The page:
Nineteen-century Europe held rigid conventionalisms of class division, social order and gender roles. Society hid behind the mask of hypocrisy in an attempt to preserve bourgeoisie’s position of power. In that concern, conceptions of ‘liberty of the spirit’[1] and ‘liberty of thought and of the human condition’[2] came to question. Thus, Henrik Ibsen drew attention to the threat to ideas of freedom and public opinion by giving life to A Doll’s House (1879). He aimed to critique constraints of Victorian society rather than vindicating the rights of women. In that sense, in a speech given in his honour by the Norwegian Women’s Rights League on 26 May 1898 he stresses: ‘Whatever I have written has been without any conscious thought of making propaganda. […] To me it has seemed a problem of humanity in general.’[3] Ibsen clearly states he strove to expose the manipulation of individuals’ liberties as he worked for the human cause. In Caryl Churchill’s Top Girls (1982) the aim of the play is to reveal how the fulfilment of women’s self-realization needs in the personal and social spheres is achieved by compromising humanity and morality. In the end, what ‘The New Woman’ gets is disillusionment and loneliness as she finds herself in a predicament: mother or career woman, sensitive or hardened. In Top Girls what is represented is the price women pay to go up the corporate ladder in a male-dominant world. Thus, I will explore how trends in Modern Drama are used and blended throughout time to address social problems of a particular contemporaneity. Next, I will illustrate the parallels and counterpoints between the two plays to demonstrate how class division is key in determining an individual’s insertion in the ‘enterprise culture’. I will argue, though, that Modern Tragedy[4] does challenge society’s views of the world; yet, does not put forward alternatives for change. Through Realism[5], Ibsen, represents his own impression of the world to criticise society by depicting realistic conflicts that lie between the individual and the world. In this sense, he focuses on ‘the individual in opposition to a hostile society’[6] That is, Nora’s understanding that she shifted from being a doll-daughter to a doll-wife. It is Nora’s turn to stand for herself on the path to self-discovery: ‘I have to stand completely alone, if I’m ever going to discover myself and the world out there. So I can’t go living with you’[7] As previously stated, Ibsen places the individual against society’s conventions and the problem becomes evident. In Ibsen’s words, A Doll’s House is ‘the tragedy of the contemporary age’[8] as the play presupposes the character will leave in the quest for truth, freedom and independence. In Top Girls, Marlene, the epitome of ‘The New Woman’, has also been at a crossroads. Retrospectively we learn she does not acknowledge Angie as her daughter. It is her sister Joyce, who juggles with four jobs as a cleaner, who has raised Angie as her own daughter. Marlene had to leave her home, just as Nora did, to climb the ladder to success. The action in realistic drama is organic and causal[9] Thus, realistic trends and the position of the character in conflict can be traced indistinctively in both plays. Yet, trends in Modern Drama tend to blend as the aim in Top Girls’s Act One is to convey an partly effect of Naturalism[10] During Marlene’s dinner party in a restaurant in London, the five characters from the past get together to celebrate Marlene’s promotion as Managing Director of the ‘Top Girls’ Employment Agency. A cheerful dialogue and broken monologues of five women involve its realistic representation. Natural interruptions and undertones of irony and disbelief are perceived during the first Act. A veneer of realism is also conveyed as Churchill makes use of skip connecting and overlapping dialogue to represent the inability of women to communicate. This also works as a means to make the audience follow the play and listen more attentively. The blend of innovations into Modern Drama allows the genre to be organic, not ecstatic. Therefore, ‘Modern plays, for instance, often blend representational techniques as a way of challenging the audience’s understanding[11] In Top Girls, Churchill uses Brecht’s alienation effect to draw audience’s attention to the themes of the plays. Audiences become more self-reflective and critical. A common theme shared in both plays is deception. Nora hides the truth from Torvald about a bank loan she asked for to save his life. At the time, women had their very limited freedoms. In an attempt to save Torvald’s life she forges her father’s signature to obtain the money and move to Italy where Torvald can recover his health. Not only does she lie to her husband about important matters but also about silly things such as the macaroons she eats when Torvald is not around. Although Top Girls is an all women play, in both plays the fate of men and women depend upon the values and codes of contemporary society. When Torvald finds out the truth he pretends that nothing has happened and assures Nora: ‘You mustn’t mind those sharp words I said – that was all in the first confusion of thinking my world had collapsed. I’ve forgiven you, Nora; I swear I’ve forgiven you.’[12] Pretending and appearances are the themes Ibsen sought to critique. Torvald proposes Nora to continue living a lie. Yet, Nora is suspicious of the values she has been taught to embrace. Not only does she not believe in what is written in the books but also she questions the value of religion by stating: ‘I’m really not sure what religion is’[13] Moral law has the same effect on her, her beliefs are shaken by the realisation that Torvald was not the man she had imagined[14] Unlike her devoted commitments and sacrifice to save her husband’s life, she found that Torvald preferred to save his own honour and reputation than take the blame for Nora’s sake. In the same line, politics fragment people’s relations. Class distinction makes the existent gap between Marlene and Joyce bigger and bigger. Status is also depicted throughout the play as Marlene and Joyce do not reconcile in the end. Marlene is the arquetype of the corporate woman, individualistic, and independent. She believes in self-determination: ‘Anyone can do anything if they’ve got what it takes’[15] She also scorns the lower classes as she thinks ‘they are lazy and stupid’[16] However, Joyce shifts from a defensive to an offensive and pessimistic attitude. She reveals how angry and resented she feels by stating unabashedly: ‘I spit when I see a Rolls Royce, scratch it with my ring / Mercedes it was.’[17] Joyce anticipates doom in the future for Angie and her. There is a sense of inevitability which is pervasive throughout the play. Another point of comparison between the plays is the use of language. In A Doll’s House Torvald uses patronising phrases and expressions towards Nora. He also calls her dismissive names such as ‘skylark’ or ‘squirrel’. Perhaps he stresses the idea that she is a childish wife and not an individual. When rehearsing for the Taratella, Torvald makes use of imperatives: ‘Now, now, now – no hysterics. Be my own little lark again’[18]. However, at the end of the play, these roles are subverted. Nora is the one who givers orders: ‘Here, take your ring back’[19] She is the one in charge of herself and the situations. In Top Girls, a masculine discourse is evidenced between Marlene and Win and Nell. Interchanges such as: ‘Any use?’ or ‘Serious?’ make the speech far less feminine and arbitrary. Class division is the ‘traditional demarcation between rich and poor’ and this is what is depicted in both plays. Churchill wrote Top Girls as a condemnation of Margaret Thatcher’s government which promoted individualism where ‘there [was] no place for the uneducated and underprivileged, such as [Marlene’s] niece.’[20] It could be said that this is what Nora achieved one hundred years after leaving home. Although, Marlene joins the world of top girls, her denial of motherhood and sense of belonging has eroded from herself. The play also conveys absences[21], absences of family, friends and loved ones. In the struggle to vindicate women’s rights, women became the oppressors of women by adopting patriarchal roles, by turning into men. The allegory is ironical as it is implied men are heartless, rational and exploitative. What is not portrayed on stage is the proposed change to break from a continuum of class distinction and women’s lack of representative in male dominating spheres. The character who calls for a change in social conventions is driven to leave his comfort zone and search for truth and freedom. However, in that journey the individual leaves and everything else remains the same: ‘realistic drama tacitly accepts the world and its values as an unchanging, and unchangeable, environment in which the characters live out their lives.’[22] Therefore, it raises questions such as, will something change? Has something changed? Nora leaves her doll-house to become independent and educate herself; however, the audience is left with a feeling of uncertainty about Nora and Torvald’s future. In that concern, Max Stafford–Clark suggests to George Farquhar: ‘We’re a bit unused to happy endings in modern drama, George; they went out in the sixties. Nowadays we usually end plays on a melancholic note of elegant despair. It suits the political climate.’[23] Perhaps this is the starting point for understanding the pessimistic continuation of the immediate future. Marlene is already educated and fully empowered. She has taken advantage of the system she takes part in the quest for financial stability and peer recognition. However, is there hope for Marlene and Angie? Is Marlene prepared to give in her career for the sake of a lost motherhood? Will it have been worth it? It may seem there is no hope for reconciliation. In this essay, I have illustrated that although Realism drew attention to break conventions of gender roles and awareness of class division it offers a vision of incompleteness as it does not offer replacing solutions to these social issues. In the search of equality and freedom from male dominance, ‘The New Woman’ finds herself trapped within her own thirst for power.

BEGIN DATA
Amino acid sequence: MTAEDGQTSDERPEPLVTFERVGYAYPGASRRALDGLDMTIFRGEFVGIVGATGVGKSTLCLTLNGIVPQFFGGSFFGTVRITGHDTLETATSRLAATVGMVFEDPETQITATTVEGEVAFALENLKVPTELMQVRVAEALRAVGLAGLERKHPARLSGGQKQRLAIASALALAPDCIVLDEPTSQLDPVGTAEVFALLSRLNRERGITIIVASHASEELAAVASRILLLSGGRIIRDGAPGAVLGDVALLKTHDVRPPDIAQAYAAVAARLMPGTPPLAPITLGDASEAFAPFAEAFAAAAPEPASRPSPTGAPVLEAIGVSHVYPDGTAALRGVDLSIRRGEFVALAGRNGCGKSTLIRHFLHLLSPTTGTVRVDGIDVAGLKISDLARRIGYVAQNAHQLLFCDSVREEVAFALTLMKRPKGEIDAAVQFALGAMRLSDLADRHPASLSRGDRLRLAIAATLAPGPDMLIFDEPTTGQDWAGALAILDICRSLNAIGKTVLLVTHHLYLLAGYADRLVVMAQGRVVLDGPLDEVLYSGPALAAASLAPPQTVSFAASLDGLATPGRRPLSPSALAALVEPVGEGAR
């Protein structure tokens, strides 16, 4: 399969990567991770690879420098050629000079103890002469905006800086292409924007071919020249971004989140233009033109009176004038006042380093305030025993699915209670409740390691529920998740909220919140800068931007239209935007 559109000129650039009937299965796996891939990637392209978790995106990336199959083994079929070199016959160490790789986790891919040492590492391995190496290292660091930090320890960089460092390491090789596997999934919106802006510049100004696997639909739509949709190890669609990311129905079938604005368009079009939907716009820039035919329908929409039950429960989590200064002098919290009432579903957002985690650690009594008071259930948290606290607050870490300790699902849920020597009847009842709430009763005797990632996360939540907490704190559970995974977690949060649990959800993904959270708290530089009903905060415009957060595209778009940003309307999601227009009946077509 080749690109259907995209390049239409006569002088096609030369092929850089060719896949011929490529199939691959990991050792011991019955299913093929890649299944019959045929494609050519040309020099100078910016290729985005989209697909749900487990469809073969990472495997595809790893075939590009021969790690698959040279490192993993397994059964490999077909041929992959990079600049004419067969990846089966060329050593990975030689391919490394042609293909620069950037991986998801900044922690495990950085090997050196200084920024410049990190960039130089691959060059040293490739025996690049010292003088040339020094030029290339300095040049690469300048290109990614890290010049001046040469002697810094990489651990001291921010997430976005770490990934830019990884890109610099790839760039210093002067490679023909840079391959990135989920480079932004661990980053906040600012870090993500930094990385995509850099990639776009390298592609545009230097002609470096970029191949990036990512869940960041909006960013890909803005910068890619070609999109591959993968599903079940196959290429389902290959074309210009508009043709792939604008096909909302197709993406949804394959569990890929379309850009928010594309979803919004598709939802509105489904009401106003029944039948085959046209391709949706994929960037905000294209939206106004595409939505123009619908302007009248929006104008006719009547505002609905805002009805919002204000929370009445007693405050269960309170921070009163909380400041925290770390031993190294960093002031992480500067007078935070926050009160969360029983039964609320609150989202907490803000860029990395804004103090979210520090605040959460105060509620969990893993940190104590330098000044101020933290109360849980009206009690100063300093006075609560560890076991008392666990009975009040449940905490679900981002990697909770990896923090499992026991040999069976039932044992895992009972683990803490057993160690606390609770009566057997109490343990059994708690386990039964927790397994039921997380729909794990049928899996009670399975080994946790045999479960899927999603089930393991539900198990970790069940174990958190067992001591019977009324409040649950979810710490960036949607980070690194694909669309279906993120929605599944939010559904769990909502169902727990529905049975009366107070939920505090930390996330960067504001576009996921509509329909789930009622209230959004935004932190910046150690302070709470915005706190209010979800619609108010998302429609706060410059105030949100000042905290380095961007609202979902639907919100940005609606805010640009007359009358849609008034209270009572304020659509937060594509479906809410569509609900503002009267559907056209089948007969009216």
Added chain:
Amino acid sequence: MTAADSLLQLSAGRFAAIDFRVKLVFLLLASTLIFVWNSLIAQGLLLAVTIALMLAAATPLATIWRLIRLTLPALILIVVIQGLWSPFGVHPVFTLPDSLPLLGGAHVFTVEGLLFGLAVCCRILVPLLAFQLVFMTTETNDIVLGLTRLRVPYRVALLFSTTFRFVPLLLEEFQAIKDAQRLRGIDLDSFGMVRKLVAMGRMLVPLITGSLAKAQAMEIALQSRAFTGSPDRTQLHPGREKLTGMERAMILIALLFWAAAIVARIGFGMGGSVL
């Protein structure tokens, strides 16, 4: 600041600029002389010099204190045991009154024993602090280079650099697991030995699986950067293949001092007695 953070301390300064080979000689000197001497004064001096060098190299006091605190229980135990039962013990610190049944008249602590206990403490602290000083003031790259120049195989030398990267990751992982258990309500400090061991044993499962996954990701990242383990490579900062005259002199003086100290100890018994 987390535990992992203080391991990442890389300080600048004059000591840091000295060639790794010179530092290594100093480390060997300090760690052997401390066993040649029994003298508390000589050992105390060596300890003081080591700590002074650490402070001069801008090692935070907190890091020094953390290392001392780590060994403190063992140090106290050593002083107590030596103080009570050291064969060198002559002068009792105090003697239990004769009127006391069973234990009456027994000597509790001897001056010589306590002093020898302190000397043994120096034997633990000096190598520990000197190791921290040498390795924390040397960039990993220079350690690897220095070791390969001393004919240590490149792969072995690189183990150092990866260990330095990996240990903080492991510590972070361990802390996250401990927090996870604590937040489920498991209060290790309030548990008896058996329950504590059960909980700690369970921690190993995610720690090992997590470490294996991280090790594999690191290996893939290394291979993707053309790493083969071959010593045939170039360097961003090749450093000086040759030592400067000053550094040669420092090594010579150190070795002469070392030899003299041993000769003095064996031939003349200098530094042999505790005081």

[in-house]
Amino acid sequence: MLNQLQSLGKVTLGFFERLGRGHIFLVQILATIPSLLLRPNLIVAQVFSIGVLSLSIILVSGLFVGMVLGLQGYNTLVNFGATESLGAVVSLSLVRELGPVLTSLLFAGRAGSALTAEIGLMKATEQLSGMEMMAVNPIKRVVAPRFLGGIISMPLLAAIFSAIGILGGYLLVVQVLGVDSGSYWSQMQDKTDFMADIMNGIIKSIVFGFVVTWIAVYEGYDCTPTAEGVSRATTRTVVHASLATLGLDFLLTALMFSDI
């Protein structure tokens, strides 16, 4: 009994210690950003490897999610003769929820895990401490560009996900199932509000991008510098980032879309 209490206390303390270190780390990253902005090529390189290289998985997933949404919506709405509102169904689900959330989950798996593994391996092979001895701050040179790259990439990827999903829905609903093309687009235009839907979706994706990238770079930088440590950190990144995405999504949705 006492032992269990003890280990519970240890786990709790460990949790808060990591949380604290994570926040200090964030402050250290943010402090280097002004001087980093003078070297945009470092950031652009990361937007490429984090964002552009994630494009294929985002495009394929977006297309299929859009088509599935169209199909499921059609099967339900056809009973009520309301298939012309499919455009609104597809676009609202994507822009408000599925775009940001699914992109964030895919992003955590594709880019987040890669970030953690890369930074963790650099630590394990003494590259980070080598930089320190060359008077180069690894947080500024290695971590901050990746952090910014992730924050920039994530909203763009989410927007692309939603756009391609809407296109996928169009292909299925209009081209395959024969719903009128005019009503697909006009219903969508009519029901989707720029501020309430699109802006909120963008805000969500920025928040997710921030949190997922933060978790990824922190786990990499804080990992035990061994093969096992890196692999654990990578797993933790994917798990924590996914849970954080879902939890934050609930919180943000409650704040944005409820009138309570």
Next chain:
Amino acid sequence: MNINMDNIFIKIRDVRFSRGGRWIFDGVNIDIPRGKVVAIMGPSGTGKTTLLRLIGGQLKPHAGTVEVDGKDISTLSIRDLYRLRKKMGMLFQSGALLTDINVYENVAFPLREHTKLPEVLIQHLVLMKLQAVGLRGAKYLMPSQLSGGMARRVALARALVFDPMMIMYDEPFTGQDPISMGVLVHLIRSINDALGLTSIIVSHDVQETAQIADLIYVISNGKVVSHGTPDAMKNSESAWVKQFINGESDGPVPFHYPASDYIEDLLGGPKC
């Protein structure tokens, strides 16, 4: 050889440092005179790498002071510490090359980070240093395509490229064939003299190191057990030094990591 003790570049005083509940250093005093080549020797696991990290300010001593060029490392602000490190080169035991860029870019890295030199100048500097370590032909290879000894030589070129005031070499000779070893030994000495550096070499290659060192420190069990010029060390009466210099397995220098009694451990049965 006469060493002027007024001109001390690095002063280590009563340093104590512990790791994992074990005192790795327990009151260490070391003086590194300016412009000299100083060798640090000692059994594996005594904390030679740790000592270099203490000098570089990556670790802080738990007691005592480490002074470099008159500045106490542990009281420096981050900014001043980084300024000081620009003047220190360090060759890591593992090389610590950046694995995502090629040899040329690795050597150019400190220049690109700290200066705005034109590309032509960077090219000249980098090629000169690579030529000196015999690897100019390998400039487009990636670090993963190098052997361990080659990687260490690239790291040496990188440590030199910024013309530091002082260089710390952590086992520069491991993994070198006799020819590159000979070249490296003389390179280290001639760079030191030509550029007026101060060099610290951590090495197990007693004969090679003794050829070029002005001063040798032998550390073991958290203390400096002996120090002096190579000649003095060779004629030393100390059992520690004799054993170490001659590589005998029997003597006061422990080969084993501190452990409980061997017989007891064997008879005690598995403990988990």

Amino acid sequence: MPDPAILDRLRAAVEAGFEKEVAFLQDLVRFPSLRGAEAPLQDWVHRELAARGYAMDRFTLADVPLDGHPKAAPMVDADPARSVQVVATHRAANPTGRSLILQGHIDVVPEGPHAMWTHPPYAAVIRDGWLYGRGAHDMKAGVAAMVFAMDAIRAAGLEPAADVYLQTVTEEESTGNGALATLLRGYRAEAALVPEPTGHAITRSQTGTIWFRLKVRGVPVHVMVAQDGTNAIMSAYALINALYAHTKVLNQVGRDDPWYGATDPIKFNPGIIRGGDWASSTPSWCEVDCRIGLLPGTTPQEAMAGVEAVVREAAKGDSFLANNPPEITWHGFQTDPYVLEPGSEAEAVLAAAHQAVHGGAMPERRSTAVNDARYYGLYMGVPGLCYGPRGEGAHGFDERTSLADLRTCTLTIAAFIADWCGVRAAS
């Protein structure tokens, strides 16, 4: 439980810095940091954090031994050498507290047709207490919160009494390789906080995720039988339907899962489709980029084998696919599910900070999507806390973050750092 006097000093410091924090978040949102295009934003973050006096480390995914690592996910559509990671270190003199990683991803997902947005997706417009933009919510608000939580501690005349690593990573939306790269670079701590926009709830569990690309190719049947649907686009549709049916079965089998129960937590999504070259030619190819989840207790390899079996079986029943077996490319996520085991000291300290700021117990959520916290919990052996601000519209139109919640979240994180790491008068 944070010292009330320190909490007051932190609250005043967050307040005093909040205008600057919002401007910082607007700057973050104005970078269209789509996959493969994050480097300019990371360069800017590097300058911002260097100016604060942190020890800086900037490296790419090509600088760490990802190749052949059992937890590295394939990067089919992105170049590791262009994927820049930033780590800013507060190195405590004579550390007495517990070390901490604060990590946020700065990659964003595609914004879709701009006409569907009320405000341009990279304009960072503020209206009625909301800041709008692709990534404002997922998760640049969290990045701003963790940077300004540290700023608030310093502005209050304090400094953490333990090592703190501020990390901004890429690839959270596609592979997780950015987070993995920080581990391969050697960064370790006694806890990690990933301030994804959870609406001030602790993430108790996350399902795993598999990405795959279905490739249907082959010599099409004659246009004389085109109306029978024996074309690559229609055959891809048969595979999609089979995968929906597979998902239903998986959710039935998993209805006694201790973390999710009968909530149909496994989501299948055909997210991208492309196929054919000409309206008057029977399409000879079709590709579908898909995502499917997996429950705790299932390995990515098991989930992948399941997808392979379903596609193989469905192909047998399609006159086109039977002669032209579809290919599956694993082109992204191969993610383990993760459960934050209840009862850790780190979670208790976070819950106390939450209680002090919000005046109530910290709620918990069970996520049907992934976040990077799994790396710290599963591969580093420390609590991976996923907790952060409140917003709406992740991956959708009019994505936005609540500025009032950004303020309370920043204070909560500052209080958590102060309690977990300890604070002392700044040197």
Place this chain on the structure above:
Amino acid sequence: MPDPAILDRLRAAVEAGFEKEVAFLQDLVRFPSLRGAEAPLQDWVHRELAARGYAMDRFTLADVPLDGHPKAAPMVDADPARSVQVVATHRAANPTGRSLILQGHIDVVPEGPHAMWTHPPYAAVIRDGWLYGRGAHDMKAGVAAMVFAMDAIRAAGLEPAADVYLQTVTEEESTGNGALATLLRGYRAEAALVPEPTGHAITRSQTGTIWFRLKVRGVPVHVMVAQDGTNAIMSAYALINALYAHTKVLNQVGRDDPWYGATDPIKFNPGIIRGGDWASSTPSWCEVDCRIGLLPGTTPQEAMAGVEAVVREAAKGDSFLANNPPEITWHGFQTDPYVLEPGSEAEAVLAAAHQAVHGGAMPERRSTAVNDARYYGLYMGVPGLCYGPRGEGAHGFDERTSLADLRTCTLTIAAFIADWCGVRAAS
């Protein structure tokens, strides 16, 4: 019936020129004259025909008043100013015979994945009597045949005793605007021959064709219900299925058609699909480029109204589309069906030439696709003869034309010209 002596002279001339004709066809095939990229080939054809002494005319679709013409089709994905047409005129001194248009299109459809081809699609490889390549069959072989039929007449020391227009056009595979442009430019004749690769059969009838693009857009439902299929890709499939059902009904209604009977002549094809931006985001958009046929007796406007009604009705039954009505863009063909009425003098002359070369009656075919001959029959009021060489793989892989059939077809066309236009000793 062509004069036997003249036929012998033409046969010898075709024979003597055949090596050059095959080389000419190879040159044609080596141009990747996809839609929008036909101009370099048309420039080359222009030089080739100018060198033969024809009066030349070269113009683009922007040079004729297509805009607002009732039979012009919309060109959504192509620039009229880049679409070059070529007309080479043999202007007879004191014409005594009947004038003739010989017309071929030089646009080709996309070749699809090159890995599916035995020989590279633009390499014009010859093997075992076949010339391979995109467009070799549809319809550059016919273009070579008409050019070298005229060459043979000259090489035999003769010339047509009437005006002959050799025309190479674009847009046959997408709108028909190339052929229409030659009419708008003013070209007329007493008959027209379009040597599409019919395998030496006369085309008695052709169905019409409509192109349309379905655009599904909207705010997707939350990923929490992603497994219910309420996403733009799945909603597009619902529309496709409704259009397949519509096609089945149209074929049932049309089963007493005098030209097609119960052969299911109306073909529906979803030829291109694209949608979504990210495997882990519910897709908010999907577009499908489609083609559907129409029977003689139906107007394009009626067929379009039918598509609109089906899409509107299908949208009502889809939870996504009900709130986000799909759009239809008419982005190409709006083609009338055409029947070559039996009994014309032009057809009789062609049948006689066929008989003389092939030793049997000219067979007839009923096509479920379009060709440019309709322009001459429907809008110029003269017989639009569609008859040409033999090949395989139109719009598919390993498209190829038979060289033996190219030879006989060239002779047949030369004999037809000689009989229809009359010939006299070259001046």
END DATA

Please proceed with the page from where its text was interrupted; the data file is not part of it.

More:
Word count: 1,985.